If your phone is damaged you can probably still get something for it, even if it doesn't turn on. It's not worth it to repair a cracked screen before you sell, but if your screen is only slightly damaged -- a small hairline crack in the corner, for example -- you may want to sell it on your own instead of trading it in. An individual may be willing to overlook superficial screen damage for a good price.
Option 1: Sell it yourself
Selling your iPhone by yourself will usually net you the most profit, but it's not without risks.
option, but you will get cash for your device. The biggest challenge here isn't finding customers -- it's getting them to show up. Be prepared for flakes.
If you do decide to use Craigslist or another in-person option, make sure you meet your buyer in a well-lit, public place (many police departments). For the smoothest transaction, make the agreement clear prior to meeting -- your customer should know the price, condition of the phone and its wireless carrier in advance.
If you don't mind putting in a little work -- listing, shipping and paying a small sales fee -- eBay is a better option than Craigslist for selling your used iPhone. Because eBay offers its buyers purchase protection, people are more comfortable buying from strangers.
The downside? Fees. eBay charges a sales fee for products that are sold through its site: 10 percent of the final value (selling price). If you accept payment through PayPal, it charges a fee of 2.9 percent (4 percent if sold internationally) of the final value.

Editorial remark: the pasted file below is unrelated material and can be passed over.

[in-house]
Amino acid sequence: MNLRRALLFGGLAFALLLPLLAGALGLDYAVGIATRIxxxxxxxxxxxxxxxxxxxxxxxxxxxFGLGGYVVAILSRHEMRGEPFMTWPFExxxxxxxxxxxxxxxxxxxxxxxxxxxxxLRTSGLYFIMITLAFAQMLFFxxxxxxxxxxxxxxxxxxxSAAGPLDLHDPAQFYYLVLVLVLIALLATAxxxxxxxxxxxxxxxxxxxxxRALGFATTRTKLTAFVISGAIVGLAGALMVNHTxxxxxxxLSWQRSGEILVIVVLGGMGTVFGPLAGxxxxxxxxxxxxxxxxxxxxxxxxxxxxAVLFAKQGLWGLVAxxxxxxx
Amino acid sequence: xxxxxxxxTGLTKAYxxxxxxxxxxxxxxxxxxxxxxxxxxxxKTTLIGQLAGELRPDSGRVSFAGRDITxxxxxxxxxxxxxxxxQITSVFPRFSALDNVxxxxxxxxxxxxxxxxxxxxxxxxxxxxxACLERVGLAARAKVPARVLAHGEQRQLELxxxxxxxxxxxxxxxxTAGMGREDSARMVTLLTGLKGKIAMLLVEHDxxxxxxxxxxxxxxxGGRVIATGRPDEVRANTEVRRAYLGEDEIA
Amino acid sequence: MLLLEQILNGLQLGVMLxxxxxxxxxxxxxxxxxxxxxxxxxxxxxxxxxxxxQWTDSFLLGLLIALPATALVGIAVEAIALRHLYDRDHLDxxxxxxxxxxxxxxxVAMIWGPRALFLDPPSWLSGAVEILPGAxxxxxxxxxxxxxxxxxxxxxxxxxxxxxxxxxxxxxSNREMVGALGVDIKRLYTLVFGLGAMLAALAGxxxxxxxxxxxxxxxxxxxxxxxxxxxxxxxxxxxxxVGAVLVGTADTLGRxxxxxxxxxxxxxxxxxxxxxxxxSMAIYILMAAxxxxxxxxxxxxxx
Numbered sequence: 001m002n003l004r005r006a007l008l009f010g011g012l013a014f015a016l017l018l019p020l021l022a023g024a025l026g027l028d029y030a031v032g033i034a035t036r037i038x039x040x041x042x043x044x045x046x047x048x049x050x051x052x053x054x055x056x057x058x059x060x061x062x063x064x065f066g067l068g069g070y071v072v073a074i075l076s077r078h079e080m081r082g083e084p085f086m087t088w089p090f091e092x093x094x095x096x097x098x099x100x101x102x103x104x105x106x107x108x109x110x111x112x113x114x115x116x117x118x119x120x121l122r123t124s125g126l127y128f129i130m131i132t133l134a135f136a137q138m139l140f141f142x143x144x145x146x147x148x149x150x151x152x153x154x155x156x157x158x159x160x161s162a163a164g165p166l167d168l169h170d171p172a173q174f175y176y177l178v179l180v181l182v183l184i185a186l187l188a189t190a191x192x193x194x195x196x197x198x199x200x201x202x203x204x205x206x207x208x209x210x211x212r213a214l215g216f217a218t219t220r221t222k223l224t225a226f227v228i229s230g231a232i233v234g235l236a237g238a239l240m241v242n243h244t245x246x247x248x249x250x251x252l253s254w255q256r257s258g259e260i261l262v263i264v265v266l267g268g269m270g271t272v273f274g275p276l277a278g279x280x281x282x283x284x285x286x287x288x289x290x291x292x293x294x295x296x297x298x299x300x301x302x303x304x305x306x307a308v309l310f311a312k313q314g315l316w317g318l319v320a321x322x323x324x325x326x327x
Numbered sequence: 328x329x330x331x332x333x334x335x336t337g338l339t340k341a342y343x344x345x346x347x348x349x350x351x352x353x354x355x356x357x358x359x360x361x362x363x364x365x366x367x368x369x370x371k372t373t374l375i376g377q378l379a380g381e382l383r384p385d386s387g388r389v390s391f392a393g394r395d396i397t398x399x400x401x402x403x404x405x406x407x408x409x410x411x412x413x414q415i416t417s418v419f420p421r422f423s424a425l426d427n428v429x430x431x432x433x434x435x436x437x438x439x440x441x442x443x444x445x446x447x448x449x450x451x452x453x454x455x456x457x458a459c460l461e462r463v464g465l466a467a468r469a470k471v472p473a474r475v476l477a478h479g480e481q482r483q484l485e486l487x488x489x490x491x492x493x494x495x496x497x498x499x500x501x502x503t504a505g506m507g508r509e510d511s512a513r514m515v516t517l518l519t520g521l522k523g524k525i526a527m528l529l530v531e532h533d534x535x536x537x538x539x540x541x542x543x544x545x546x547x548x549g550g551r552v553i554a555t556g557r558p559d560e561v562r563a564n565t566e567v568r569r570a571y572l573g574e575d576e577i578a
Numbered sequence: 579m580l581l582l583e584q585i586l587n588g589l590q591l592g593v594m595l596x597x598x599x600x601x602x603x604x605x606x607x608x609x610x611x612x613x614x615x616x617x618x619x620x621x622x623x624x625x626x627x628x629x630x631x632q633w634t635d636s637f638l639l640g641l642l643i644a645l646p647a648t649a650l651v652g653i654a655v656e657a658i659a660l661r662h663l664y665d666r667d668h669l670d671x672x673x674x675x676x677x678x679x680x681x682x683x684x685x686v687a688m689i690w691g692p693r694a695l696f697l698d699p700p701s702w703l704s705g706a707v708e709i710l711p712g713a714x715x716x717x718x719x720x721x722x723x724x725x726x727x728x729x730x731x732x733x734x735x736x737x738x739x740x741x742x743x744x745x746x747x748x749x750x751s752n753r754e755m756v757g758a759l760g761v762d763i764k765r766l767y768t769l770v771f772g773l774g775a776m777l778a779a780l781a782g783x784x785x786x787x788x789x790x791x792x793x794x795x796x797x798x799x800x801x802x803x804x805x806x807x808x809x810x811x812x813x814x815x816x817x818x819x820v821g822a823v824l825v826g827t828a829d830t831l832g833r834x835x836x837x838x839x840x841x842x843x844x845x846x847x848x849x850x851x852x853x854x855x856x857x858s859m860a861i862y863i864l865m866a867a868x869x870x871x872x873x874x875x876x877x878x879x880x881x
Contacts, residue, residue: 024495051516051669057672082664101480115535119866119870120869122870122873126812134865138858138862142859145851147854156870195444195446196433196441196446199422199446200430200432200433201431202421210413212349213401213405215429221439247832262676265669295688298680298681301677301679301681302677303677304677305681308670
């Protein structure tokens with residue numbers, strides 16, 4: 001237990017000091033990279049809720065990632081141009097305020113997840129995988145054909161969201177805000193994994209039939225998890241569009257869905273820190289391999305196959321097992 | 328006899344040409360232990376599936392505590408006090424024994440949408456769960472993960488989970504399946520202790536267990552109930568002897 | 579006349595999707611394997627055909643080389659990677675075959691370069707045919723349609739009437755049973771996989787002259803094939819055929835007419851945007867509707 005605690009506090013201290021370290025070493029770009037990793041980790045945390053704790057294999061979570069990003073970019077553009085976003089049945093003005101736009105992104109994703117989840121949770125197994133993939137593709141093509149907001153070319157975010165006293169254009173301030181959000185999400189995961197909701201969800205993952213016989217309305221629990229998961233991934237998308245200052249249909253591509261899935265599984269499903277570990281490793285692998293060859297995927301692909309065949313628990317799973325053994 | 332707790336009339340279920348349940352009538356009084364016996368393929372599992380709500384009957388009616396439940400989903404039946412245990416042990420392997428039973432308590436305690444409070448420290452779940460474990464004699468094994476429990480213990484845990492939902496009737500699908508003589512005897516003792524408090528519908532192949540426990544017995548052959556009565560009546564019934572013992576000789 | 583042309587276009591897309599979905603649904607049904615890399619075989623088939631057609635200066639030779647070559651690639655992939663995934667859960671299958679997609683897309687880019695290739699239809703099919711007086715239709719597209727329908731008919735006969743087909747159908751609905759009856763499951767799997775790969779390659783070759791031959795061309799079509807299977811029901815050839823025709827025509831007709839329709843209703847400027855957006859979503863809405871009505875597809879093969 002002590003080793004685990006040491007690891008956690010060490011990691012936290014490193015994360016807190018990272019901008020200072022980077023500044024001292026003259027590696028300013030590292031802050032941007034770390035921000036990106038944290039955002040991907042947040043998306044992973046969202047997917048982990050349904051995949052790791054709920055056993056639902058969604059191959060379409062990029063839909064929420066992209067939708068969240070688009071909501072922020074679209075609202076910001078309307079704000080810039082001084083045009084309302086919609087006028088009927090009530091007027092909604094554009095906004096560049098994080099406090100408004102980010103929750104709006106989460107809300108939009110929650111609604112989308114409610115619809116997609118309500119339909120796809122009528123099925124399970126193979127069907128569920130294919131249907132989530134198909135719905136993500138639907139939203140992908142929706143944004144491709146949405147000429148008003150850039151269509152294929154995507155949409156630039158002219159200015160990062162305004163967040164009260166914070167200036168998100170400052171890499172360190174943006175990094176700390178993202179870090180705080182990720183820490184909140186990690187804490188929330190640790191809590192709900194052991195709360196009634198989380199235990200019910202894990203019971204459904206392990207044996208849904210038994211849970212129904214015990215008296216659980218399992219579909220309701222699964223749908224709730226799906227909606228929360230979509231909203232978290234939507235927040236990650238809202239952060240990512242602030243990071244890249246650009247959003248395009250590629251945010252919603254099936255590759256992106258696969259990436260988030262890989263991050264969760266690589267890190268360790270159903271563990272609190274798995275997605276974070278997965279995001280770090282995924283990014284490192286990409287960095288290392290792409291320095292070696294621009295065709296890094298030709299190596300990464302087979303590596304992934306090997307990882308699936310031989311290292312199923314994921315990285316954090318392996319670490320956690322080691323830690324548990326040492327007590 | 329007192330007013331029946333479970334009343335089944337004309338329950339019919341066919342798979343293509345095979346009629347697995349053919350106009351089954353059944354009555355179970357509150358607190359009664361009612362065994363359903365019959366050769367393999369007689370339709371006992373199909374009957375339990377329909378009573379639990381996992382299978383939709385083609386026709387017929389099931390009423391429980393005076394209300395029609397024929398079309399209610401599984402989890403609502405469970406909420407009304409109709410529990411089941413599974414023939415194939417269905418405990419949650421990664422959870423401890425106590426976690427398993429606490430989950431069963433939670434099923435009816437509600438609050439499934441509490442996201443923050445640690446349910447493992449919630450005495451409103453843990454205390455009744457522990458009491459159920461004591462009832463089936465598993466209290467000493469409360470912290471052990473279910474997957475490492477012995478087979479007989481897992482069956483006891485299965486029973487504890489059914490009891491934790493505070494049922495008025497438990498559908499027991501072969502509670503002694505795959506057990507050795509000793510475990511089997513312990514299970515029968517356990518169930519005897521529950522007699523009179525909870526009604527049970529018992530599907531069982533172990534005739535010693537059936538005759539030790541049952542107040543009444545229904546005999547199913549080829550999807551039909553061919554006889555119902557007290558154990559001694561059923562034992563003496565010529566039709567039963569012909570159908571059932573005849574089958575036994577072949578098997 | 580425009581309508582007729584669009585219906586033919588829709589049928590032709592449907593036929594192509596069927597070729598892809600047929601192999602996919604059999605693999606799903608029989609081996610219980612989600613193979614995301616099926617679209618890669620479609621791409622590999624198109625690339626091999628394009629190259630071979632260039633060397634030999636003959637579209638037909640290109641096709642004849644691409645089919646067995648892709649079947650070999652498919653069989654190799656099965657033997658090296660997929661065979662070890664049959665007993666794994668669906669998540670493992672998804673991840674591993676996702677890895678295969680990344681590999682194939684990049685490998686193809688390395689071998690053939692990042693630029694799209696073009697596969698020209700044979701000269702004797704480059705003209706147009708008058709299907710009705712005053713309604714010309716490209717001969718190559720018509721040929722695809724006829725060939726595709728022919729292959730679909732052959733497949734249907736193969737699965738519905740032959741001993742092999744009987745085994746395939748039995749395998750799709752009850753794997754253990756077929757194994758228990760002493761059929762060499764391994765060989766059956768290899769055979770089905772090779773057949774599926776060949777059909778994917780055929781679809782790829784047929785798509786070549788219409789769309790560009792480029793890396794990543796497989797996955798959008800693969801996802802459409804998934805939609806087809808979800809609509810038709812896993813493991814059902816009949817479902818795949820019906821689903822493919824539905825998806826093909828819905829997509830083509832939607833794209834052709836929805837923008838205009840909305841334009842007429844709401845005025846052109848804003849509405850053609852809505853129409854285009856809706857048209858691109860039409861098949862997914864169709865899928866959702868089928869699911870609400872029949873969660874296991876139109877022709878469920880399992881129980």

To price your device, search for your model on eBay and check the "sold" listings. At the time of writing this article, these are the ballpark going rates for various used iPhones on eBay:
- iPhone X (64GB): $525-$800
- iPhone 8 ($640 at Walmart) (64GB): $425-$580
- iPhone 8 Plus ($500 at Amazon) (256GB): $495-$760
- iPhone 7 ($630 at Walmart) (64GB): $330-$495
The main downside to selling your iPhone on eBay is the potential risk of buyers' remorse. eBay offers both the seller and the buyer protection, but tends to side with the buyer in the event of a dispute. Scammers know how to take advantage of this. You can minimize your risk by documenting everything and shipping your device through a trackable service with proof of delivery.
Option 2: Use a service
Trading in your device for cash, store credit or gift cards is often the least profitable option, but you also won't be liable for any issues with the device once it leaves your hands. (Plus, if your iPhone is in less-than-great condition, some companies will still take it -- even if it doesn't turn on at all.) Trading in your iPhone instead of selling it is a great option if you're willing to give up a little profit for convenience and peace of mind.